Mining has been a part of Minnesota's landscape for more than 130 years. Despite the assertions in a recent commentary ("We must stop the political do-over," Jan. 30), in more than a century of mining history in our state, we have always managed the delicate balance between protecting our environment and our ongoing need for the mineral resources available in the ground below.
We all agree: Minnesotans need to stay engaged in the open, thorough and transparent process in deciding whether to permit the Twin Metals copper-nickel underground mine in northeastern Minnesota, as well as projects proposed by other companies that will come in the future.
There is one other point we agree on: We love and cherish the Boundary Waters Canoe Area Wilderness and would never put its pristine waters, rough trails or crisp air at risk. We live, work and play Up North — and believe that it's possible to protect that precious resource and deploy modern mining technology and engineering to operate a mine that creates hundreds of long-term, high-paying, skilled jobs. We have strong laws and regulations in place and should use a rational, science-based and public process to explore the potential impact of a mine.
It is because of these strong laws and regulations that Minnesota has found the balance over our 130-year history. Twin Metals understands that it must meet and exceed these strong environmental regulations as it looks toward beginning the regulatory process in the near future.
That's where we are now, in February 2019: awaiting Twin Metals' filing later this year of a comprehensive mine plan of operation, which will for the first time present in detail what is being proposed. It will be a plan based on 21st century technology to ensure a mine that is safe for its workers and for its surroundings and that meets or exceeds all standards. That is the plan that reasoned, objective heads will assess closely over a yearslong environmental, social and economic review process under state regulations and the National Environmental Policy Act — a process open to everyone.
The stakes are too high to do otherwise, which all the supporters of the Twin Metals initiative recognize and accept. We have said that if they can't meet the strictest environmental and workplace standards, they will not proceed. And, if they demonstrate that they can and do meet all standards, the project should move forward.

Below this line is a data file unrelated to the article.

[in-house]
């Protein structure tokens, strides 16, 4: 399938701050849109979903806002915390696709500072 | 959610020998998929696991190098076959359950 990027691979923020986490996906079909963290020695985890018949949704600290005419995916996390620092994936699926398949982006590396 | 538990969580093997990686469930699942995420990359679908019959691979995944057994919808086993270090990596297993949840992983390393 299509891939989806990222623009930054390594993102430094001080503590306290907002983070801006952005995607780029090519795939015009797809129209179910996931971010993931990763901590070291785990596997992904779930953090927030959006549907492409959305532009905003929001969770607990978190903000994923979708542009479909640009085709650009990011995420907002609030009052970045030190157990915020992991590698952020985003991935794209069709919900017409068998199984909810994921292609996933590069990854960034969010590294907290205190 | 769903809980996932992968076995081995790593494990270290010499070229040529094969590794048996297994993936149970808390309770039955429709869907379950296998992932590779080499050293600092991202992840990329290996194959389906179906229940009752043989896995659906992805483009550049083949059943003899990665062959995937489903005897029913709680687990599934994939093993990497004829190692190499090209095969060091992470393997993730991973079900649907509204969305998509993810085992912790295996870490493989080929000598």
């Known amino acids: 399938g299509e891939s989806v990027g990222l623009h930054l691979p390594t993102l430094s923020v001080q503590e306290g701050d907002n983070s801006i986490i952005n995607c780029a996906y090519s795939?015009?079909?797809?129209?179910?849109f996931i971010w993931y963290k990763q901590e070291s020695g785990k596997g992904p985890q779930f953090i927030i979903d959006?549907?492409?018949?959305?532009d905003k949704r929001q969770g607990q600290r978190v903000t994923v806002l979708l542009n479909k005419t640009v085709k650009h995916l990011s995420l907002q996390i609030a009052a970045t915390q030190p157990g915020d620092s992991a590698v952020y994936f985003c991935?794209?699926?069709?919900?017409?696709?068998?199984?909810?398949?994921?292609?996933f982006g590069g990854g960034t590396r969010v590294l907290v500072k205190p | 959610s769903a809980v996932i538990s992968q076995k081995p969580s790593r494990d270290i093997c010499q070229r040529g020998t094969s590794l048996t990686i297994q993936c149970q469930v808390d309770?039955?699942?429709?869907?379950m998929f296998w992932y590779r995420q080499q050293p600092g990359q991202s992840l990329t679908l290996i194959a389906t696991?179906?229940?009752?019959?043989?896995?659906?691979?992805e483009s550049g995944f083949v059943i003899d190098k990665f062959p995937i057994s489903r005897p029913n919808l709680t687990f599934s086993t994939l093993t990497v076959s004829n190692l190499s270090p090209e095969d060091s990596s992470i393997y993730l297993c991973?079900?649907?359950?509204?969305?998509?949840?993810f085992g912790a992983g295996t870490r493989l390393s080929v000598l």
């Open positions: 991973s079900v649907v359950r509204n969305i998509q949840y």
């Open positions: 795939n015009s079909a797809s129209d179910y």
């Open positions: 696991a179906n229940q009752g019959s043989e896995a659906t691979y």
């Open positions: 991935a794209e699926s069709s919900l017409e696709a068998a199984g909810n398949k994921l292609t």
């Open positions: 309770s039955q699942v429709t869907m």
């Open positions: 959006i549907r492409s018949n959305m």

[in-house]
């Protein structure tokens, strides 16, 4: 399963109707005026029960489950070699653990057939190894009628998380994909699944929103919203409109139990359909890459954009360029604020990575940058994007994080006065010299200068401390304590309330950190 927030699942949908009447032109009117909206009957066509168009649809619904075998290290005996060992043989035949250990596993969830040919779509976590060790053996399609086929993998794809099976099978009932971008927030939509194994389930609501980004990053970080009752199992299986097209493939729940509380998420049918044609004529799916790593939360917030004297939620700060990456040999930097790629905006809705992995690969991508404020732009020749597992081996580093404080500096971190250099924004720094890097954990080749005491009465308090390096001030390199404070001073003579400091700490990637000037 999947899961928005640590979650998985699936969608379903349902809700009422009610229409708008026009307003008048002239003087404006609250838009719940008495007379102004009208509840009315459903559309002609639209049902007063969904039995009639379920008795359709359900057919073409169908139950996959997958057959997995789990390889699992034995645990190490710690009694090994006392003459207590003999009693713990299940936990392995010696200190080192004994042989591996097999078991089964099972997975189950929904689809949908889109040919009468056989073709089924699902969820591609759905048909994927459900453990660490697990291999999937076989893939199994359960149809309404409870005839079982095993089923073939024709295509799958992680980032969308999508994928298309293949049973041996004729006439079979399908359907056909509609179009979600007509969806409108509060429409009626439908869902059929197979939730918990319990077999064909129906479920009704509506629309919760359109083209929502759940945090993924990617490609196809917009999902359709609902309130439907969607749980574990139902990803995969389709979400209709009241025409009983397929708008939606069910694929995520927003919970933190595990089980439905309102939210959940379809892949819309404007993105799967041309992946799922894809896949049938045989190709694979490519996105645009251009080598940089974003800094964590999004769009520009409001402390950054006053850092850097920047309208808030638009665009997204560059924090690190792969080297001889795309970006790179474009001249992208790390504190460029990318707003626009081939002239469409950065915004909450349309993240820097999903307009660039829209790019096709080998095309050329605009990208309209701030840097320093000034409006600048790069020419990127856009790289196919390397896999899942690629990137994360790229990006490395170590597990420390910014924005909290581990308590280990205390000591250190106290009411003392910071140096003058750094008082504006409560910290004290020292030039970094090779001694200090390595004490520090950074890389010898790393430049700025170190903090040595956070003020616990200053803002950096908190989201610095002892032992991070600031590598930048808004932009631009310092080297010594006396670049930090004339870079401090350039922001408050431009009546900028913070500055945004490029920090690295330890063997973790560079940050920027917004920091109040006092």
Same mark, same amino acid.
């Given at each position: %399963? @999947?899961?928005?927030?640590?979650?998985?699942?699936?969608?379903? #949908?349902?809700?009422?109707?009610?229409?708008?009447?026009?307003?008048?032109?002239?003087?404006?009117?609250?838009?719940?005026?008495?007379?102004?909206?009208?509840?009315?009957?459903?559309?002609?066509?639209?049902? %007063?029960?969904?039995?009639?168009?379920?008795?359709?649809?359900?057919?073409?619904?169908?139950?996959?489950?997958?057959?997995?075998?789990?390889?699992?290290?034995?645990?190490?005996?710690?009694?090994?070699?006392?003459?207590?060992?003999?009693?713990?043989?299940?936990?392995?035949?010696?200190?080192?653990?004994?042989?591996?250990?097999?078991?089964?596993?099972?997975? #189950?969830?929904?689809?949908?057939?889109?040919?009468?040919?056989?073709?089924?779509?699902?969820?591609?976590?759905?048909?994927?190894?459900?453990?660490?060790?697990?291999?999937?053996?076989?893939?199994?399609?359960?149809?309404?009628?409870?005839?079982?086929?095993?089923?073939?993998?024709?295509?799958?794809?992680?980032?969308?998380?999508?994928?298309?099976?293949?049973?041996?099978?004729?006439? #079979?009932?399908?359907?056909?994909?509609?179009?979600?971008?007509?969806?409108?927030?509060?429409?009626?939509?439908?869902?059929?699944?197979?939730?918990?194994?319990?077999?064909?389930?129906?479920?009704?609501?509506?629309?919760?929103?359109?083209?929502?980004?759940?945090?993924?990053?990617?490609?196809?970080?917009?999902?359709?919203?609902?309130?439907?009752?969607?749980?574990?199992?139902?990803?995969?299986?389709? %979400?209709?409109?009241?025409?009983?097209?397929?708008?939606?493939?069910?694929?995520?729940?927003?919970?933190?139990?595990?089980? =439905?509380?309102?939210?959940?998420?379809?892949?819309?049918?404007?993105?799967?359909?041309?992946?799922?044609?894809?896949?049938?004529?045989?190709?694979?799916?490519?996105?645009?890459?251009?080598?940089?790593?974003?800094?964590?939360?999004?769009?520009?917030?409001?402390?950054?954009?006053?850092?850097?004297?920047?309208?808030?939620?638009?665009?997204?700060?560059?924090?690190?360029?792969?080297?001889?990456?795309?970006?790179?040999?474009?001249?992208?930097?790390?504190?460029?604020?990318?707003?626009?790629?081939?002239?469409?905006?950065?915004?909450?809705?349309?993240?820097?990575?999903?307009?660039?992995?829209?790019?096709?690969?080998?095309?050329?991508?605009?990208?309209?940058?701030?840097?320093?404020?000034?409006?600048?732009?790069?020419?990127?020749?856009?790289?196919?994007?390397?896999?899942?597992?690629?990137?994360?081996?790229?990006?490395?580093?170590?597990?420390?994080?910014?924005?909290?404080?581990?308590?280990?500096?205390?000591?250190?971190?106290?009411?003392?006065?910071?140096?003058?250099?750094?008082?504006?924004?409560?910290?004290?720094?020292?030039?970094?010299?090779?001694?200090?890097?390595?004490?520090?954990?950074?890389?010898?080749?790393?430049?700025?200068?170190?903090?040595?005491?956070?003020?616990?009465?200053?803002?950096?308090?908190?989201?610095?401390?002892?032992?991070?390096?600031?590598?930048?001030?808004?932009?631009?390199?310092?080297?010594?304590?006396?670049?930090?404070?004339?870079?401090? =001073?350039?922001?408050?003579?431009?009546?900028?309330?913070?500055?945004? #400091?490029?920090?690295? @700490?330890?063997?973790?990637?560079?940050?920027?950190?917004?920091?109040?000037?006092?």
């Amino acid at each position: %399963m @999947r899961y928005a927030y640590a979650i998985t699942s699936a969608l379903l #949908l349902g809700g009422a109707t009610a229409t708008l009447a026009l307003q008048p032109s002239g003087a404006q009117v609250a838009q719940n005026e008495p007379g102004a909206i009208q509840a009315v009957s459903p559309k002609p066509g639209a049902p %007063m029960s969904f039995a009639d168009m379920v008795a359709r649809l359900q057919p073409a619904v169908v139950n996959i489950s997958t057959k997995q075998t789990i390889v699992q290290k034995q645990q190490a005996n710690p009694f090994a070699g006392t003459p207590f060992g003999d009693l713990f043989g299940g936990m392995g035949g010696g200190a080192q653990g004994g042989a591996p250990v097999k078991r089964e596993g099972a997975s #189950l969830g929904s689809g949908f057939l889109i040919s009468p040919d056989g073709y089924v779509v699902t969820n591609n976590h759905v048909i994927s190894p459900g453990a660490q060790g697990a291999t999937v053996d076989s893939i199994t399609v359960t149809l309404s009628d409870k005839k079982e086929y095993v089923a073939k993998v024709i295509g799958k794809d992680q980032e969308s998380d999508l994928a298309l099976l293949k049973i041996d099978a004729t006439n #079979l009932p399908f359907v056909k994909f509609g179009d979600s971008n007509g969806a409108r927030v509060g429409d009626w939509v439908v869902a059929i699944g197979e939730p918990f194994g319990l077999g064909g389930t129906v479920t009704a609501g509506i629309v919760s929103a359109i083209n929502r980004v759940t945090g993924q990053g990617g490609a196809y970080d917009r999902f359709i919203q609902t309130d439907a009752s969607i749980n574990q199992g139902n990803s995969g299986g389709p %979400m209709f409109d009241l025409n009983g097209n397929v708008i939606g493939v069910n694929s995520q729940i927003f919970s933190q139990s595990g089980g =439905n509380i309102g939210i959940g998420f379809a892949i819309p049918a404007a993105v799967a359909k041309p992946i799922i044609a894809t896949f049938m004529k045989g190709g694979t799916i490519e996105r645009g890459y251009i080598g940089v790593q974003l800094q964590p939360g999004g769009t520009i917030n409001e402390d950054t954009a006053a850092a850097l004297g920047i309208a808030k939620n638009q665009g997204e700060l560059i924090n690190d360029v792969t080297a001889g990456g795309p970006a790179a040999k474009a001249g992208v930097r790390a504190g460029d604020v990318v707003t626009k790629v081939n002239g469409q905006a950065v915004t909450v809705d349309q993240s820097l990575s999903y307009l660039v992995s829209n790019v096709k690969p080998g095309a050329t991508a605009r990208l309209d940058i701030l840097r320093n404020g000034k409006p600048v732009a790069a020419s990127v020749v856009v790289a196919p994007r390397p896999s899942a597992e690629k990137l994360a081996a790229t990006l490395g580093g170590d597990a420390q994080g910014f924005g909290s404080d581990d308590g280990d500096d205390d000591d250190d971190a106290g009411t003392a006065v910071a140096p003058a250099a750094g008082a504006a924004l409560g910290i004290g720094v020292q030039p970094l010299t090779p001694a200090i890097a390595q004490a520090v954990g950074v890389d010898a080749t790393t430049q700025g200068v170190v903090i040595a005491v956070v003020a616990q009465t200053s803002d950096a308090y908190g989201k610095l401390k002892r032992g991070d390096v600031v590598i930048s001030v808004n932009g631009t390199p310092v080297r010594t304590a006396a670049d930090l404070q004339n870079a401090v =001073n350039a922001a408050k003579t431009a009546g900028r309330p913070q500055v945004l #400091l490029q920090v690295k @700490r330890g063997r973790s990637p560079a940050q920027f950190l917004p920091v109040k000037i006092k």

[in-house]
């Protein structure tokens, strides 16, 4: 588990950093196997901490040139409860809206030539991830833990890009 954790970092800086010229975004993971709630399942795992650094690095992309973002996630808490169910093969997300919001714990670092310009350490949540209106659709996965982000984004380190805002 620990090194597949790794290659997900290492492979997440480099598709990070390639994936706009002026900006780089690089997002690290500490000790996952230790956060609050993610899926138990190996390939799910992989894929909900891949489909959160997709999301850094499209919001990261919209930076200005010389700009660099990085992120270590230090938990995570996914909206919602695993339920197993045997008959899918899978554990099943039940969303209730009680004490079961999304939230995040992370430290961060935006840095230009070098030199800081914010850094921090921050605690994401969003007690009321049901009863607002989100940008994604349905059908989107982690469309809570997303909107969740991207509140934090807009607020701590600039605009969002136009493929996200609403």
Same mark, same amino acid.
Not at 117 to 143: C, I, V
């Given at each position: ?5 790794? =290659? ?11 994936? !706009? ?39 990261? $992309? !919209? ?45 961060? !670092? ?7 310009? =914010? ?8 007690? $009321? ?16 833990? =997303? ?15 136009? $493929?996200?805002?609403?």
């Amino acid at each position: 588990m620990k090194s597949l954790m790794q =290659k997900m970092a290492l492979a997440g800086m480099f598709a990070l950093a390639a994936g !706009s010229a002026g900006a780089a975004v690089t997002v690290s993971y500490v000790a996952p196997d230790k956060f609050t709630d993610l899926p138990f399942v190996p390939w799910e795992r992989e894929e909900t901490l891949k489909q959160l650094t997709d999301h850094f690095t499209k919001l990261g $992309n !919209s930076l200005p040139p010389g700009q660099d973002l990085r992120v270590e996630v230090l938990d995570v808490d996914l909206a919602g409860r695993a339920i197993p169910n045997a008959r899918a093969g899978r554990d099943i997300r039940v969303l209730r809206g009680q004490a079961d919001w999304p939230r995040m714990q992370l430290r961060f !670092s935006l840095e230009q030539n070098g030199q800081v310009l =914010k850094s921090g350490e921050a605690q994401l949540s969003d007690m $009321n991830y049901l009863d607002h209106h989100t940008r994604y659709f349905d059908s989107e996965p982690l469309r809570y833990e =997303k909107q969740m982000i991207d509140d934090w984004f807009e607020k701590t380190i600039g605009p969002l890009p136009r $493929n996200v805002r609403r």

One of the details that we know their plans will include, for example, is that they'll move tailings to a lined, state-of-the-art holding facility away from the Twin Metals site, within a different watershed from the one serving the Boundary Waters. That's one significant indication of their commitment to protect the Boundary Waters and the environment.
Our green economy depends on mining companies like the recently permitted PolyMet project, Twin Metals and the other companies with significant mineral resources in Minnesota. The copper from mines like Twin Metals is essential to the manufacturing of wind turbines, electric vehicles, solar panels — and even the cellphones and laptops upon which you are likely reading this article. The simple fact is, it's not only the Iron Range economy relying on these mine projects; it's our entire state.
There are many emotional chords to be struck in this debate — sensational, apocalyptic visions painted in an effort to derail established, bona fide public processes on projects such as the Twin Metals mine. But the history of our state tells another story about how mining and our environment have successfully coexisted.
As Twin Metals seeks to build a 21st century mine to support a 21st century economy and workforce — on the Range and beyond — let's base our decisions on facts, on science and on an established process. Mining has always served Minnesota well, and with the support of modern technology, it can do so for generations to come.
Frank Ongaro is the executive director of the industry group Mining Minnesota.